Carmina Burana!

I went with my friends Mark and Erika to get some culture today. We saw a performance of Carmina Burana by Carl Orff performed by the Master Chorale of Washington at the Kennedy Center. I got an email months ago advertising $10 tickets for the performance. It came about two weeks after Mark had been looking at CDs of the piece. By the time we were ready to order tickets, the $10 tix were sold out, but they were still selling seats for $25. Not too shabby.

Oh, in case your wondering, "Carmina who?" take a listen--you know this music and have probably heard it in plenty of movies and commercials.

We get to our seats and see in the program that we're first going to hear a piece by Randall Thompson called Frostiana, which was a collection of Robert Frost poems set to music. It was quiet and soothing and quite lovely. (The guy sitting next to me commented on how the "voices caressed the music." I couldn't never come up with a comment like that on my own, but I knew what he meant, and he was right.)

Oh! Before the performance started, a gentleman from a local radio station came out and announced that this was the final performance of the Master Chorale of Washington. Ever. This was it. We had no idea. It suddenly made sense to me why the audience was SO excited when the chorale came out--they gave a standing ovation before the show, which I found unusual. Now it all made sense. Mark and I were lamenting that we (not just he and I...all people) don't support the arts like we should, and it's a shame that a group like the MCW has to stop performing. I'm going to make an effort to do better. We have a beautiful concert hall just 25 minutes away and easily accessible by Metro. There are no excuses.

OK. So, we hear Frostiana, and then after intermission, it was time for Carmina Burana. This is from the program:
The governing image of Carmina Burana is cycles, tying the highs and lows of the Wheel of Fate to the return of springtime and the annual surge of love and carnal passion.** The opening chorus, "Fortune (Fate), Empress of the World," at once sets the mood of mystery, longing, and ritualistic chanting for the entire work, and it will return in exact repetition to round the cycle at the end.
When that first chorus started, with the timpani drums and the gong and the beautiful voices and the crescendo--I just got chills. It was wonderful and so powerful. The crowd roared when it was over, and then, since this was the final performance, the applause went on for probably 15 minutes. There was a brief encore, and then another 5 minutes of applause. I'm so sorry that this is the first time I've heard this chorale and that it has to be the last.

**Carmina burana is mentioned in a song called "La Vie Bohème" from RENT. It's nice to finally get the reference, and it makes perfect sense now since La Vie Bohème is about living and acting free without regard to conventional rules and practices.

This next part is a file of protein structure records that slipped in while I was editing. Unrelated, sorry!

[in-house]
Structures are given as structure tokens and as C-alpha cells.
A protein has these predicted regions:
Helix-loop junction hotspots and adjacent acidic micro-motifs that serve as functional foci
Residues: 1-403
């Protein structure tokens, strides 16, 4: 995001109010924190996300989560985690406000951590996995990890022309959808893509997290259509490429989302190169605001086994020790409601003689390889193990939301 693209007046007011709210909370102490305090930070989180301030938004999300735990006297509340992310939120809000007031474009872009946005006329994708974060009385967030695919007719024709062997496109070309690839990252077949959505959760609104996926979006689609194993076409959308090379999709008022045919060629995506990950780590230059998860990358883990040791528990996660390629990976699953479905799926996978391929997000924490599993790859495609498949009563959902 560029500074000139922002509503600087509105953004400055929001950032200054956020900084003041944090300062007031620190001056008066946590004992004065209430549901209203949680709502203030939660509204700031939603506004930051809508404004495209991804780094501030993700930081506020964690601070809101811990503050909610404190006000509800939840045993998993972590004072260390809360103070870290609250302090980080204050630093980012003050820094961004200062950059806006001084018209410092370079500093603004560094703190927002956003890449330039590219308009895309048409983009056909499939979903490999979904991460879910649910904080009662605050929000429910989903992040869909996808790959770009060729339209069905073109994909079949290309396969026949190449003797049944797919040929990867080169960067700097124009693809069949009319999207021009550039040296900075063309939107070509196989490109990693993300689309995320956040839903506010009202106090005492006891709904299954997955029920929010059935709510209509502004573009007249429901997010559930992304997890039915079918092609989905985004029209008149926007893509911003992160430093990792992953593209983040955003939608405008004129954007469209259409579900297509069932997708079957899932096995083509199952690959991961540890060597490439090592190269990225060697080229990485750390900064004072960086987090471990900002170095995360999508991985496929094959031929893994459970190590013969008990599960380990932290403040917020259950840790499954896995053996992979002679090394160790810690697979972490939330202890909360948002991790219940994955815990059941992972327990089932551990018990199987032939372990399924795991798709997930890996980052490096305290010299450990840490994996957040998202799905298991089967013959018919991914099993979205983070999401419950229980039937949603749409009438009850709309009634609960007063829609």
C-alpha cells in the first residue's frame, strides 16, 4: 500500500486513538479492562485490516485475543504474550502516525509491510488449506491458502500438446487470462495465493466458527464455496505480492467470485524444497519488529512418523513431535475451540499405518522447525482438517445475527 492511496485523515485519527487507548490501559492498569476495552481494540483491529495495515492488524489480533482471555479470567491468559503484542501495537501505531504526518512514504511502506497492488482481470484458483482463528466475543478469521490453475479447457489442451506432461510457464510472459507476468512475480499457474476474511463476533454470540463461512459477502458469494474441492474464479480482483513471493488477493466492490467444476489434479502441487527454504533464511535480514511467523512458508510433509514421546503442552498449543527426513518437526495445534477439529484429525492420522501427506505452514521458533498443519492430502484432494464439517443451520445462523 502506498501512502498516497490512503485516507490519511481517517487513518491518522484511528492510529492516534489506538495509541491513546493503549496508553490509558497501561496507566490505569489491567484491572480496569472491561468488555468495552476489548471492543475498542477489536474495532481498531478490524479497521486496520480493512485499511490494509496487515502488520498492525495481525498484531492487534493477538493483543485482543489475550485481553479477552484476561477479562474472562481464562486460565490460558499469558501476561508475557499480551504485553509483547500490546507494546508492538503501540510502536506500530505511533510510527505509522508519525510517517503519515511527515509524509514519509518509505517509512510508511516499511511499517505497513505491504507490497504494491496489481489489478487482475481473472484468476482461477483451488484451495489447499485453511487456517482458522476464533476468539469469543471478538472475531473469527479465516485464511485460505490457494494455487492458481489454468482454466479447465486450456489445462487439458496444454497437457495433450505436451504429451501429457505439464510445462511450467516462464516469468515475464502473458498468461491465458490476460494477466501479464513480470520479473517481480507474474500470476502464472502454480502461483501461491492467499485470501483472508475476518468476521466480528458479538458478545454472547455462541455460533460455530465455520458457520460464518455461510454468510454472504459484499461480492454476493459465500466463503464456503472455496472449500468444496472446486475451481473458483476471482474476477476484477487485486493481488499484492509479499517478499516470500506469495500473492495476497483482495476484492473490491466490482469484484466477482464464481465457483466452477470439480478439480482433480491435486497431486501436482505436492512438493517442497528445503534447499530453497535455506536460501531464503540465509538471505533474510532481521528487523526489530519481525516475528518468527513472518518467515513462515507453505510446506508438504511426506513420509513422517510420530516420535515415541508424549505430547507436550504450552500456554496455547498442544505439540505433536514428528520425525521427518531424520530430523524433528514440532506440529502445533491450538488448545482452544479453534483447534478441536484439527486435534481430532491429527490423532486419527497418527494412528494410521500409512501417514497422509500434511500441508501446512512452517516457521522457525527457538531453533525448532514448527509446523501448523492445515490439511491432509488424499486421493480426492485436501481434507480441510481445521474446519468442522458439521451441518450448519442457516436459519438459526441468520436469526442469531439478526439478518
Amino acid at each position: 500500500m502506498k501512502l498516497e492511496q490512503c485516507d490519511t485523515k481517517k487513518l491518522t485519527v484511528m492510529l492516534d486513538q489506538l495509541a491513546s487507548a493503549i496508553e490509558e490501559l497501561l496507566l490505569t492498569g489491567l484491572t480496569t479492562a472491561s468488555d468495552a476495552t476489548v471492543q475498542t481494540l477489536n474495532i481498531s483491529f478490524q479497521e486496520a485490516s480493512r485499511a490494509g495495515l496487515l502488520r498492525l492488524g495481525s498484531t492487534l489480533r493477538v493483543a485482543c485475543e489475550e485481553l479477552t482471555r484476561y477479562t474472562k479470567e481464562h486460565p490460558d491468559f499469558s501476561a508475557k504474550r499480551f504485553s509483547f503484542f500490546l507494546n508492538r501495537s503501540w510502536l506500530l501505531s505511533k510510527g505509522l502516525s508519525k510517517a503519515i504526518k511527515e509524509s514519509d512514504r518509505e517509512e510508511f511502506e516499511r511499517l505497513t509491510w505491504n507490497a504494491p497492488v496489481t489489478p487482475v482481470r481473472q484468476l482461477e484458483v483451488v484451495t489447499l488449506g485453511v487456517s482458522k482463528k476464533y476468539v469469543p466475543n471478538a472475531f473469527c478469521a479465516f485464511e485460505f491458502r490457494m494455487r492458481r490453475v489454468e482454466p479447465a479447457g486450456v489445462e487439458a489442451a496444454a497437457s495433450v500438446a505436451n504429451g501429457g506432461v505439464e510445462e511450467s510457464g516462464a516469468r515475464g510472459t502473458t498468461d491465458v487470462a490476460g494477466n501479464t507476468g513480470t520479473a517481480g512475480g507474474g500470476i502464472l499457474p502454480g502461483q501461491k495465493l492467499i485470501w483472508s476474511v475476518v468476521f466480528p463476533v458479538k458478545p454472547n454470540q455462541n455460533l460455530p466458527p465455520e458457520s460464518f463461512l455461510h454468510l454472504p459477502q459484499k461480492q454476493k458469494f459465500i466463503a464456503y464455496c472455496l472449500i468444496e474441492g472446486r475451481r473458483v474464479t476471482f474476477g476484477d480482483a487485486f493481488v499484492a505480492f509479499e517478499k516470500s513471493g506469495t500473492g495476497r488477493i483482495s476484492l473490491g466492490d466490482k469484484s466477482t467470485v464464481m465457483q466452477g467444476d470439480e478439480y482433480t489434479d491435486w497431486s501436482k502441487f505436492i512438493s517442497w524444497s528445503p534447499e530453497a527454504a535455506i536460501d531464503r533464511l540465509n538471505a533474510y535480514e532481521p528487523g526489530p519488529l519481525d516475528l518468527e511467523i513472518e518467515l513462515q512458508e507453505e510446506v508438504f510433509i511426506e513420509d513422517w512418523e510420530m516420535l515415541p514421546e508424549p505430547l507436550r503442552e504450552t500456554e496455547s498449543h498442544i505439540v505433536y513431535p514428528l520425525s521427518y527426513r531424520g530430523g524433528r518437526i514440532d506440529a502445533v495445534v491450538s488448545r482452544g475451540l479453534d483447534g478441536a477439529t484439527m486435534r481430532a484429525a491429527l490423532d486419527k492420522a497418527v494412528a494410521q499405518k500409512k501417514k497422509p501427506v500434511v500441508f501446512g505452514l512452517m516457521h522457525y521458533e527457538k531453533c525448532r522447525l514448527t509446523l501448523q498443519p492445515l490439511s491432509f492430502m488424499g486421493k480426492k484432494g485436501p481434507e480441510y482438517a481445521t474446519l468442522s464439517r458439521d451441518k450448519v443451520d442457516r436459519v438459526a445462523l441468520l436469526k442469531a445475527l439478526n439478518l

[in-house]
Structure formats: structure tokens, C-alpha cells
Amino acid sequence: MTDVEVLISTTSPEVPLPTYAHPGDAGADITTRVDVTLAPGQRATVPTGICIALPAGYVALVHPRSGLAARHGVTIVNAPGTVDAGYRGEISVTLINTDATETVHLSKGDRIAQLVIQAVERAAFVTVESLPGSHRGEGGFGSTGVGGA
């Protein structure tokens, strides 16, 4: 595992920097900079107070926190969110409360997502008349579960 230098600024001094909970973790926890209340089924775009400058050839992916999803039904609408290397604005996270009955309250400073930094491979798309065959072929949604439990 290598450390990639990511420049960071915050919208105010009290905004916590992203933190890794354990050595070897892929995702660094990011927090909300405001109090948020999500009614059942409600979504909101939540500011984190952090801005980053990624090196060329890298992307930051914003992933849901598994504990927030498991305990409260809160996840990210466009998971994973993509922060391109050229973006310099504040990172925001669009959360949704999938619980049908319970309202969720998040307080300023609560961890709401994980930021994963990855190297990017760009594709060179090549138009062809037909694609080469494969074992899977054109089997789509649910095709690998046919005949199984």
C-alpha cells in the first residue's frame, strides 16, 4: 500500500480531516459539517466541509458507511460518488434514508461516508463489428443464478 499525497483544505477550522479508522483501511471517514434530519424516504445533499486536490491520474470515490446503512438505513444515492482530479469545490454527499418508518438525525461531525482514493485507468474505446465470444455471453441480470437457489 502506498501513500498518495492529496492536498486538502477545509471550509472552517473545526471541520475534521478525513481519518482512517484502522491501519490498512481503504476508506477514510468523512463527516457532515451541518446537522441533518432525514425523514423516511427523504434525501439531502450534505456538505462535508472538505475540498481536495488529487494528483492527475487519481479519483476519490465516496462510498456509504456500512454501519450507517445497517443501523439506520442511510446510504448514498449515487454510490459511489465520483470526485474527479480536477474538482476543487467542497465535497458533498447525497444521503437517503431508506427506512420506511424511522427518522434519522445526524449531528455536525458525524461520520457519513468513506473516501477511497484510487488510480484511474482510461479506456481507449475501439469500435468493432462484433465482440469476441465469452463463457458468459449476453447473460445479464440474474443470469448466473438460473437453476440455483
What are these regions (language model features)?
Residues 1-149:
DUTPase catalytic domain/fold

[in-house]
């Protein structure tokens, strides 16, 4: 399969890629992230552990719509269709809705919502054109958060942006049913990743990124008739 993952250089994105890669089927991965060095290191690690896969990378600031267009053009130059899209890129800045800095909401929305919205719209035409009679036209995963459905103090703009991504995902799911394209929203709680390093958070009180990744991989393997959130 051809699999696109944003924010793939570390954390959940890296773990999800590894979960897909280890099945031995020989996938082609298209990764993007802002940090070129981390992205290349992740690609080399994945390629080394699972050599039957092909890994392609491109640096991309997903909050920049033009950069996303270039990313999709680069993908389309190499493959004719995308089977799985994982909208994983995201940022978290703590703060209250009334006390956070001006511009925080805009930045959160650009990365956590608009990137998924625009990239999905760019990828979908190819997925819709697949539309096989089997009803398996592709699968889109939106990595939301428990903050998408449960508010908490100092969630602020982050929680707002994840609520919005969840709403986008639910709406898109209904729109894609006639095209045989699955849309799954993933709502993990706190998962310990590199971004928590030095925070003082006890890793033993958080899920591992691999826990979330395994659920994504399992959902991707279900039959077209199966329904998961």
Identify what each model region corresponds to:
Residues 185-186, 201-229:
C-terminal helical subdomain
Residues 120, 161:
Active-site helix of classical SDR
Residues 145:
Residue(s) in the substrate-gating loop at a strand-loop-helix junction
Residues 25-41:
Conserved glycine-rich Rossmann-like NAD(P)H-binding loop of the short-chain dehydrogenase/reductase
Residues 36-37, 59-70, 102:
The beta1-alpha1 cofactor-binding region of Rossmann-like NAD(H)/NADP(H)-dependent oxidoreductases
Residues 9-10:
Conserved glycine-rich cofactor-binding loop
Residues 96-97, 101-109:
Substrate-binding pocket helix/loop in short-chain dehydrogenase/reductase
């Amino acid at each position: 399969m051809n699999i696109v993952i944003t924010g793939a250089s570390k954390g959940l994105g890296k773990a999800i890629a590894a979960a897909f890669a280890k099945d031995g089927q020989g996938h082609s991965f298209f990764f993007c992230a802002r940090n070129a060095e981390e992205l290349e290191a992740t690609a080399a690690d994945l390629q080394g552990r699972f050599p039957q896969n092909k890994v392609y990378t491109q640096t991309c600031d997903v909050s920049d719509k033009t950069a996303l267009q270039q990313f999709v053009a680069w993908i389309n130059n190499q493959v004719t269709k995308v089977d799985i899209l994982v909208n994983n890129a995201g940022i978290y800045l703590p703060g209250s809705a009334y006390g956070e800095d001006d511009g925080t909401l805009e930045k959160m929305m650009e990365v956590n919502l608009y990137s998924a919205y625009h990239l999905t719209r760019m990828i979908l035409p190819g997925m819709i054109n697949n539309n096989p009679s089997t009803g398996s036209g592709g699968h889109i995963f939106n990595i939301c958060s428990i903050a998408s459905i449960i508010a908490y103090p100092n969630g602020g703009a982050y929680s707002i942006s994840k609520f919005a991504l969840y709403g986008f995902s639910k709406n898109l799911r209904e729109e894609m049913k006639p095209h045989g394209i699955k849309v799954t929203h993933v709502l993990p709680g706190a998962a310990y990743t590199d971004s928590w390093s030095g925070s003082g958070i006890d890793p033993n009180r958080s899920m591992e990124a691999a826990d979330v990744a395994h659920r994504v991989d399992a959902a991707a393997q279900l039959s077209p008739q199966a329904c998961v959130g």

Adam Pascal and Anthony Rapp from the original Broadway cast are both touring with Rent now, and guess what? Deb and I will be there to see them on May 27! It's been 13 years since we first saw them on Broadway. CAN'T WAIT!! (Before you ask, I've lost track of how many times we've seen Rent. I think this will be 12 or 13....Maybe 14.)

Update: I got a comment from Esther, who performed with the chorale. I checked out her blog, where she expressed her thoughts on the chorale's existence coming to an end.


Mark said...

It was great to be able to see Carmina Burana performed live. O Fortuna, the portion that everyone is familiar with, is heavy and powerful and awesome -- awesome in the original sense of the word -- and recordings just can't compare to what it sounded like live. Still, I will buy Carmina Burana on CD -- the recording by the Chicago Symphony Orchestra with James Levine conducting seems to be highly regarded -- and I'll just have to listen to at a frighteningly loud volume.

I'll also add that it was an unexpected and bittersweet privilege to see the Master Chorale of Washington's final performance; it's truly a shame that the chorale is, as of this evening, officially defunct. It'd be an even bigger shame if we don't recognize this for what it is: an indication that the more refined arts are in dire need of our support. In one of the most educated and cultured cities in the country, the MCW just had to close its doors for lack of patrons. More on this later but in short, it's time we start making a concerted effort to support the more refined arts.

Anonymous said...

Thank you for writing this. I was wondering how those in our audience for the first time would react to the news of the choir closing.

I'm also heartened to read that you want to support the arts more as a result.

If there is anything good that came from our choir closing it would be that people perhaps will pay more attention to the arts that are still going strong.

Momo Fali said...

Wow. I absolutely recognize that and imagine it was quite an experience (and a bargain too)!